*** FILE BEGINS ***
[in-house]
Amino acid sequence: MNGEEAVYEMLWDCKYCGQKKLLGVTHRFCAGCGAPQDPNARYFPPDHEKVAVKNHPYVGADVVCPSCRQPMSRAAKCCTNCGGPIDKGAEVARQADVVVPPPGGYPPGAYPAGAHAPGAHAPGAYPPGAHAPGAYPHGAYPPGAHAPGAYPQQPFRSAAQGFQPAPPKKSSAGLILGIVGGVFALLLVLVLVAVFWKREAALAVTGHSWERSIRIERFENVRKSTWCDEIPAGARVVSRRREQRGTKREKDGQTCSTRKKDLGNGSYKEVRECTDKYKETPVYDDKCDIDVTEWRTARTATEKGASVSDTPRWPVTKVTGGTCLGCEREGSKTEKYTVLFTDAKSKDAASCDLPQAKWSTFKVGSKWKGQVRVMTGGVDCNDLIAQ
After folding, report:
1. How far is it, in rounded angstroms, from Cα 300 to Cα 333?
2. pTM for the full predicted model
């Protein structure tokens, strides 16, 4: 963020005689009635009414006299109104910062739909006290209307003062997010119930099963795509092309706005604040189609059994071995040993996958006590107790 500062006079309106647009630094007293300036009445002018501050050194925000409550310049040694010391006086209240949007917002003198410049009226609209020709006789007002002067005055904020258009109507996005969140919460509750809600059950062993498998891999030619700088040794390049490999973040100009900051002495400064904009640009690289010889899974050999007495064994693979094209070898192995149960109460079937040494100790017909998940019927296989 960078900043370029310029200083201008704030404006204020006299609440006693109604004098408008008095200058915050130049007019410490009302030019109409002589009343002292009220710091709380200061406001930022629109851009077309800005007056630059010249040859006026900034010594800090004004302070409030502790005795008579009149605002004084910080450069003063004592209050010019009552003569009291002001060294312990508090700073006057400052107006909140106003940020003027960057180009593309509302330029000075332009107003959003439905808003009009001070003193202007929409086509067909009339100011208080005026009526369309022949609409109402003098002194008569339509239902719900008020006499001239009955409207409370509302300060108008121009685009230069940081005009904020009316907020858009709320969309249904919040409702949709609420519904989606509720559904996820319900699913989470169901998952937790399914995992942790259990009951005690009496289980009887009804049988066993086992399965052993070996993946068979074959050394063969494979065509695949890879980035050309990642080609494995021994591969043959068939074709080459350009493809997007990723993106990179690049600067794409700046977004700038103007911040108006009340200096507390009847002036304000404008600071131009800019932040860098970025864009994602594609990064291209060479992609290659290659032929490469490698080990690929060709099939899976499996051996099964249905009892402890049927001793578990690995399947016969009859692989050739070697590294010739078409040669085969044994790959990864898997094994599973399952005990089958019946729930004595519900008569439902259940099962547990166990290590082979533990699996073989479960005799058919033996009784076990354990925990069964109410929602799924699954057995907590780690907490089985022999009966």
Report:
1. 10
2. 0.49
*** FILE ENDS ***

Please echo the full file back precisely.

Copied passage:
[in-house]
Amino acid sequence: MNGEEAVYEMLWDCKYCGQKKLLGVTHRFCAGCGAPQDPNARYFPPDHEKVAVKNHPYVGADVVCPSCRQPMSRAAKCCTNCGGPIDKGAEVARQADVVVPPPGGYPPGAYPAGAHAPGAHAPGAYPPGAHAPGAYPHGAYPPGAHAPGAYPQQPFRSAAQGFQPAPPKKSSAGLILGIVGGVFALLLVLVLVAVFWKREAALAVTGHSWERSIRIERFENVRKSTWCDEIPAGARVVSRRREQRGTKREKDGQTCSTRKKDLGNGSYKEVRECTDKYKETPVYDDKCDIDVTEWRTARTATEKGASVSDTPRWPVTKVTGGTCLGCEREGSKTEKYTVLFTDAKSKDAASCDLPQAKWSTFKVGSKWKGQVRVMTGGVDCNDLIAQ
After folding, report:
1. How far is it, in rounded angstroms, from Cα 300 to Cα 333?
2. pTM for the full predicted model
């Protein structure tokens, strides 16, 4: 963020005689009635009414006299109104910062739909006290209307003062997010119930099963795509092309706005604040189609059994071995040993996958006590107790 500062006079309106647009630094007293300036009445002018501050050194925000409550310049040694010391006086209240949007917002003198410049009226609209020709006789007002002067005055904020258009109507996005969140919460509750809600059950062993498998891999030619700088040794390049490999973040100009900051002495400064904009640009690289010889899974050999007495064994693979094209070898192995149960109460079937040494100790017909998940019927296989 960078900043370029310029200083201008704030404006204020006299609440006693109604004098408008008095200058915050130049007019410490009302030019109409002589009343002292009220710091709380200061406001930022629109851009077309800005007056630059010249040859006026900034010594800090004004302070409030502790005795008579009149605002004084910080450069003063004592209050010019009552003569009291002001060294312990508090700073006057400052107006909140106003940020003027960057180009593309509302330029000075332009107003959003439905808003009009001070003193202007929409086509067909009339100011208080005026009526369309022949609409109402003098002194008569339509239902719900008020006499001239009955409207409370509302300060108008121009685009230069940081005009904020009316907020858009709320969309249904919040409702949709609420519904989606509720559904996820319900699913989470169901998952937790399914995992942790259990009951005690009496289980009887009804049988066993086992399965052993070996993946068979074959050394063969494979065509695949890879980035050309990642080609494995021994591969043959068939074709080459350009493809997007990723993106990179690049600067794409700046977004700038103007911040108006009340200096507390009847002036304000404008600071131009800019932040860098970025864009994602594609990064291209060479992609290659290659032929490469490698080990690929060709099939899976499996051996099964249905009892402890049927001793578990690995399947016969009859692989050739070697590294010739078409040669085969044994790959990864898997094994599973399952005990089958019946729930004595519900008569439902259940099962547990166990290590082979533990699996073989479960005799058919033996009784076990354990925990069964109410929602799924699954057995907590780690907490089985022999009966």
Report:
1. 10
2. 0.49